The Highs and Lows (literally!) of Competitive Sports + Diabetes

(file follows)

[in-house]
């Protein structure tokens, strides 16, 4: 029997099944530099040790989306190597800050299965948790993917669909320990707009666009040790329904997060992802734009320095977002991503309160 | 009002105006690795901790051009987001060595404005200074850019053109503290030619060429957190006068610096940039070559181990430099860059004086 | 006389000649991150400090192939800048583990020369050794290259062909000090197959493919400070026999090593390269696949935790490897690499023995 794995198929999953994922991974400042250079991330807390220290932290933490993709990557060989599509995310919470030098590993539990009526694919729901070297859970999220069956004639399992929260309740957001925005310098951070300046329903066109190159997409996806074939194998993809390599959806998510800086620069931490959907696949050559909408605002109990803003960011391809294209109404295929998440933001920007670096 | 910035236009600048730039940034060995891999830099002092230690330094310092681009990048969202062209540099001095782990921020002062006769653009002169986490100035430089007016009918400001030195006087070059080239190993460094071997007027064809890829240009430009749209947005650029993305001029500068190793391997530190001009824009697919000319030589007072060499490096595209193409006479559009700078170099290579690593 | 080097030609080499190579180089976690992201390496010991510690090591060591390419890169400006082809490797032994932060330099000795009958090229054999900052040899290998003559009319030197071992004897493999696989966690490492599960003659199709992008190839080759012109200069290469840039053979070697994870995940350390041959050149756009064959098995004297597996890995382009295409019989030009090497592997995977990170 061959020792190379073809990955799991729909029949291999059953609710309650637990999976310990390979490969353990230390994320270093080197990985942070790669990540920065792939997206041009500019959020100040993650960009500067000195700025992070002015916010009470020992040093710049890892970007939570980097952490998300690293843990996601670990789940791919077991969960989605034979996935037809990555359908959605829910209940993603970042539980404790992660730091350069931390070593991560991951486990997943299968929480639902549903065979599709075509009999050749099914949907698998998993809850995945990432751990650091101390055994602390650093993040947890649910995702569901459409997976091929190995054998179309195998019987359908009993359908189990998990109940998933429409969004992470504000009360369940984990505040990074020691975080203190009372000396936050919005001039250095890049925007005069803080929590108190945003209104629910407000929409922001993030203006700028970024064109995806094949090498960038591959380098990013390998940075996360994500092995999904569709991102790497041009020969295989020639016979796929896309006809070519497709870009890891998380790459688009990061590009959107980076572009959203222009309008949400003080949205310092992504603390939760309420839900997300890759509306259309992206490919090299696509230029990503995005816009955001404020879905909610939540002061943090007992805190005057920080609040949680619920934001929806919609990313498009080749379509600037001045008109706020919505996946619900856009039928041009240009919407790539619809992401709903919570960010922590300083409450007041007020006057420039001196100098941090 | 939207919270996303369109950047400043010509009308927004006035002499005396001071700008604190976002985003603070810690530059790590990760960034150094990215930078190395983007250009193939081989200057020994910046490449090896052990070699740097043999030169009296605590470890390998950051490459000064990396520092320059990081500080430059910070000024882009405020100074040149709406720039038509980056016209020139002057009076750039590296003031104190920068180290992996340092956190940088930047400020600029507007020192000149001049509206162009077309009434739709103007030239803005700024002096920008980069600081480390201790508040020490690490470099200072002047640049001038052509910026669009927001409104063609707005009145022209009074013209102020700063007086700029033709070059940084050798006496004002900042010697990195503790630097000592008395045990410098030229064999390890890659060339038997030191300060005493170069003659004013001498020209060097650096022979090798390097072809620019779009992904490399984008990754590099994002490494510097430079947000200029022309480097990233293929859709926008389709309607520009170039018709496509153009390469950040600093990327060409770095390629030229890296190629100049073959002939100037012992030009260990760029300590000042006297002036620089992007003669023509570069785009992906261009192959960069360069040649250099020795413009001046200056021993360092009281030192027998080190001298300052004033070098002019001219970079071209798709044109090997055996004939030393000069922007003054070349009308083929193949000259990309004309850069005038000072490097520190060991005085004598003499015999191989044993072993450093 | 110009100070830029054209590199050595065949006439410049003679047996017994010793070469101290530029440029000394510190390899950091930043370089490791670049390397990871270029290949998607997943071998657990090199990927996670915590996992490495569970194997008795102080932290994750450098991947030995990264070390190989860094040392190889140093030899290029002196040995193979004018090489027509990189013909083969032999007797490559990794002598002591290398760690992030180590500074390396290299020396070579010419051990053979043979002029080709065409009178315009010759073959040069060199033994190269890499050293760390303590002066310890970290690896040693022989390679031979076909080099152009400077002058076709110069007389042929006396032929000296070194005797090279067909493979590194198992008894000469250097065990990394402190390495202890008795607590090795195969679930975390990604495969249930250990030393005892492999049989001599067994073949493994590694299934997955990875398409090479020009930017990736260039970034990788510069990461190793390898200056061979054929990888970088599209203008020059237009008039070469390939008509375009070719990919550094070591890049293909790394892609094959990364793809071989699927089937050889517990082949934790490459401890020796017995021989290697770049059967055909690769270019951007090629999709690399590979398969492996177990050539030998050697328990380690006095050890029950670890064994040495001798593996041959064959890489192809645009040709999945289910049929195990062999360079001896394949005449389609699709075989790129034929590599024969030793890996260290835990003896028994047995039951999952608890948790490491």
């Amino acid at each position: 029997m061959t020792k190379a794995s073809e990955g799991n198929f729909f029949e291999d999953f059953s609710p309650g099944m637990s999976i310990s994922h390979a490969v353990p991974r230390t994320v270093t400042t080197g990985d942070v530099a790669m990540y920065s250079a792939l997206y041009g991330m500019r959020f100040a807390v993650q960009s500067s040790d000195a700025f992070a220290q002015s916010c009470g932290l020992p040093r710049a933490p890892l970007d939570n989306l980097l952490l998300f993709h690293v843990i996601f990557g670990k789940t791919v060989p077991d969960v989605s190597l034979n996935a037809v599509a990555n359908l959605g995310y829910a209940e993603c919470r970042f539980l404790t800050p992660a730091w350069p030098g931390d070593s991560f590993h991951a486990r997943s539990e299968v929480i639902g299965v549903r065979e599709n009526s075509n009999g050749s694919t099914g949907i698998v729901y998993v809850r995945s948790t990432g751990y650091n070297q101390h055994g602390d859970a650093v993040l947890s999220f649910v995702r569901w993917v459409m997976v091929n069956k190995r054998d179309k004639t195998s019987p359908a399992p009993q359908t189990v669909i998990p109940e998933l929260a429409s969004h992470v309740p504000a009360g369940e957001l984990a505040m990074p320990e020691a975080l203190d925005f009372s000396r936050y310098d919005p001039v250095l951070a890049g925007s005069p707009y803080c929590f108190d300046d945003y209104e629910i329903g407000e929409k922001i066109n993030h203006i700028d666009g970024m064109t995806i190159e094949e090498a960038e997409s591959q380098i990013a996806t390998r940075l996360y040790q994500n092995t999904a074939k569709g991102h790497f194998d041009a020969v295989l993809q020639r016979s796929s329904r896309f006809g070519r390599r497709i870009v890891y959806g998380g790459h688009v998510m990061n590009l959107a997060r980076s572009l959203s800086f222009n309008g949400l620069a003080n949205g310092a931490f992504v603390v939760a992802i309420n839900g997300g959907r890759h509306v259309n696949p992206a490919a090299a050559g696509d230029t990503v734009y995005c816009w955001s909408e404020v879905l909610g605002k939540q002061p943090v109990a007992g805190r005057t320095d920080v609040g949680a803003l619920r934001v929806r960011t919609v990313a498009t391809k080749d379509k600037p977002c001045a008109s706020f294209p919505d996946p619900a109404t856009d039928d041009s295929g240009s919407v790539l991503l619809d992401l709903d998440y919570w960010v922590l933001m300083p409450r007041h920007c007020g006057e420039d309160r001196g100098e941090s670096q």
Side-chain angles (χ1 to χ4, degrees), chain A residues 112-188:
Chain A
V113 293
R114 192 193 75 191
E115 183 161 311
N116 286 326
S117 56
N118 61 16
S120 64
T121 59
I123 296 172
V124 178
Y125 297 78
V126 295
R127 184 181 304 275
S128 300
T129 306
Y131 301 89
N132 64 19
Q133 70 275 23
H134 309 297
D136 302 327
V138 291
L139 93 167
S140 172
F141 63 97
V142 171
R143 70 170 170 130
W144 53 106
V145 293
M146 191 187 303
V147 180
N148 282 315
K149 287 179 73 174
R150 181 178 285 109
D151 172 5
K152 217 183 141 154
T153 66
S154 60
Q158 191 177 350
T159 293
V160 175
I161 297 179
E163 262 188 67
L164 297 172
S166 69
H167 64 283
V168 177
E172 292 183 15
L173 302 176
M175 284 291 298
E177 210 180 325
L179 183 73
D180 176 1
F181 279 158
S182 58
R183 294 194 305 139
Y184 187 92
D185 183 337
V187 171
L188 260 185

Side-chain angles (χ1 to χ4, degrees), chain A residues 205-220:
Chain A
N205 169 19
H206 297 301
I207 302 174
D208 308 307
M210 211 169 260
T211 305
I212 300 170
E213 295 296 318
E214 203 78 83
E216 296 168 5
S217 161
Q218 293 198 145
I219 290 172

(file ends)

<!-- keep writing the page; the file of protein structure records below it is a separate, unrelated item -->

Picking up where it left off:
Diabetes has been a part of my life since age five; sports have been a part of my life for nearly as long! I started gymnastics at the age of four, but by age seven, when I had reached the point of being considered for the traveling gymnastics teams, my parents decided that with my diabetes, it would not be safe for me to be on the road and out of their care for many weekends throughout the year. They switched me to ice hockey, where my dad could coach while keeping an eye on me and my blood sugars. I was devastated to no longer be a gymnast and angry that it was because of illness. This was the first of many hard lessons Diabetes taught me. Hockey has always been a big part of my family, my grandpa played for the Minnesota Gophers and later for the US Olympic team. My four older siblings all played hockey, as well as my dad when he was younger. Growing up, each practice and game was a struggle to keep my Diabetes managed-I would have many lows, resulting in the need to sit on the bench for long stretches, eating and waiting for my blood sugar to bounce back. During these times, I'd feel so different and isolated from the group, unsure and uncomfortable with the idea that others probably didn't understand why I had to sit out. So, I started keeping my blood glucose elevated to limit the time I'd need to sit on the bench. It took me many years to realize how my high blood sugars affected the way that I played hockey; I was slower, both physically and mentally and more fatigued in general. It wasn't until my senior year of high school, that I realized how much better I was when my blood sugar was completely under control. Despite recognizing this, I still struggled to maintain good numbers during practice, never mind during games, when adrenaline surges would cause my numbers to rise and remain elevated throughout the competition. I went on to play four years of college hockey at Ohio State University, where I saw improvements in my overall Diabetes management. But still, I struggled with the highs and lows while playing my sport. I finally hit my stride with balancing my Diabetes and sports when I started CrossFit after college. I was instantly hooked and viewed it as an opportunity to start fresh with a new sport, and hopefully get closer to reaching my athletic potential. The correlations between performance and blood sugar control had never been clearer to me. I started watching what I was eating more closely, planning out my days better, and being more okay with having and treating low blood sugars during workouts. In my five years of CrossFit, I've competed at five CrossFit Regionals, and three CrossFit Games. It’s a balancing act trying to manage highs and lows, one that requires patience and the ability to forgive yourself when your numbers aren't on point. I've learned that the discipline required to manage Diabetes in order to compete at any level and in any sport, while extremely challenging and frustrating at times, is worth the extra effort in order to succeed to the best of your abilities. Like any chronic condition, Diabetes is a daily challenge-with some days being better than others. It is easy to get wrapped up in feeling bad for yourself, knowing that most others do not face the same daily struggle. I try to remind myself that although Diabetes is a challenging, frustrating, dynamic disease, it is not one that is out of my control. When I think of it this way, I consider myself lucky to have access to the tools that can help me manage my Diabetes, as well as access to people like you guys, who provide amazing support along this crazy journey.